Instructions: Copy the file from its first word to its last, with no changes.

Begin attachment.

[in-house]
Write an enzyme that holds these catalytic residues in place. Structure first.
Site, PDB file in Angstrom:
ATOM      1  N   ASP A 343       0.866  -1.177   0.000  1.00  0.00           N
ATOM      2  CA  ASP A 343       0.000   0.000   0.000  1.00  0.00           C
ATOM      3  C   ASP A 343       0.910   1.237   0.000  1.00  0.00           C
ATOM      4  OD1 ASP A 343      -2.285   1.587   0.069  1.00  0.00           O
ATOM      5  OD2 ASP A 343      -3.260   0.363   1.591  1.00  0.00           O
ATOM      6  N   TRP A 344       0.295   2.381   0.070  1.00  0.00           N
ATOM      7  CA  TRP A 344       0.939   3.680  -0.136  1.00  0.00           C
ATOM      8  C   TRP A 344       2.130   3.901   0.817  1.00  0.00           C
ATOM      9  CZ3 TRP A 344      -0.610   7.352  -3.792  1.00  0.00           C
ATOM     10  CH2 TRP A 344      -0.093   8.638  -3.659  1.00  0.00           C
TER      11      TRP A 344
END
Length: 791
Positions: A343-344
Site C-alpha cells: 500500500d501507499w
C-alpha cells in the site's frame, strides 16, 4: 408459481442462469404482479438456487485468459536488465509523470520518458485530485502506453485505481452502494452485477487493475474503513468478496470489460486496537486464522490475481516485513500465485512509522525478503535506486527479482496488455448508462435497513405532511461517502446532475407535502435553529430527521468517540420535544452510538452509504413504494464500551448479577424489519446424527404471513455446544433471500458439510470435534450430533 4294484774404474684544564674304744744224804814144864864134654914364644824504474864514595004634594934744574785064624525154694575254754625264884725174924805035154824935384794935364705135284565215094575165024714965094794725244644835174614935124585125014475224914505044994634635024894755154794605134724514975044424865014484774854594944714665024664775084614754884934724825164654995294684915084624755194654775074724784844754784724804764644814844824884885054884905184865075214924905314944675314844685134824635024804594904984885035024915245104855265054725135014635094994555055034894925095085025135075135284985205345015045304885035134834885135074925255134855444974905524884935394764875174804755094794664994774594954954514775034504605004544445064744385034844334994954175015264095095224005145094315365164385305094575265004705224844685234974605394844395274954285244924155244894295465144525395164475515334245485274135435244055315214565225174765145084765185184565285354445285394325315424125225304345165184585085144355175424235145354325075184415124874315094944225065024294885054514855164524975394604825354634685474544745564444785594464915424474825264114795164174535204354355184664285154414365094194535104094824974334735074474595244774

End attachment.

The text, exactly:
[in-house]
Write an enzyme that holds these catalytic residues in place. Structure first.
Site, PDB file in Angstrom:
ATOM      1  N   ASP A 343       0.866  -1.177   0.000  1.00  0.00           N
ATOM      2  CA  ASP A 343       0.000   0.000   0.000  1.00  0.00           C
ATOM      3  C   ASP A 343       0.910   1.237   0.000  1.00  0.00           C
ATOM      4  OD1 ASP A 343      -2.285   1.587   0.069  1.00  0.00           O
ATOM      5  OD2 ASP A 343      -3.260   0.363   1.591  1.00  0.00           O
ATOM      6  N   TRP A 344       0.295   2.381   0.070  1.00  0.00           N
ATOM      7  CA  TRP A 344       0.939   3.680  -0.136  1.00  0.00           C
ATOM      8  C   TRP A 344       2.130   3.901   0.817  1.00  0.00           C
ATOM      9  CZ3 TRP A 344      -0.610   7.352  -3.792  1.00  0.00           C
ATOM     10  CH2 TRP A 344      -0.093   8.638  -3.659  1.00  0.00           C
TER      11      TRP A 344
END
Length: 791
Positions: A343-344
Site C-alpha cells: 500500500d501507499w
C-alpha cells in the site's frame, strides 16, 4: 408459481442462469404482479438456487485468459536488465509523470520518458485530485502506453485505481452502494452485477487493475474503513468478496470489460486496537486464522490475481516485513500465485512509522525478503535506486527479482496488455448508462435497513405532511461517502446532475407535502435553529430527521468517540420535544452510538452509504413504494464500551448479577424489519446424527404471513455446544433471500458439510470435534450430533 4294484774404474684544564674304744744224804814144864864134654914364644824504474864514595004634594934744574785064624525154694575254754625264884725174924805035154824935384794935364705135284565215094575165024714965094794725244644835174614935124585125014475224914505044994634635024894755154794605134724514975044424865014484774854594944714665024664775084614754884934724825164654995294684915084624755194654775074724784844754784724804764644814844824884885054884905184865075214924905314944675314844685134824635024804594904984885035024915245104855265054725135014635094994555055034894925095085025135075135284985205345015045304885035134834885135074925255134855444974905524884935394764875174804755094794664994774594954954514775034504605004544445064744385034844334994954175015264095095224005145094315365164385305094575265004705224844685234974605394844395274954285244924155244894295465144525395164475515334245485274135435244055315214565225174765145084765185184565285354445285394325315424125225304345165184585085144355175424235145354325075184415124874315094944225065024294885054514855164524975394604825354634685474544745564444785594464915424474825264114795164174535204354355184664285154414365094194535104094824974334735074474595244774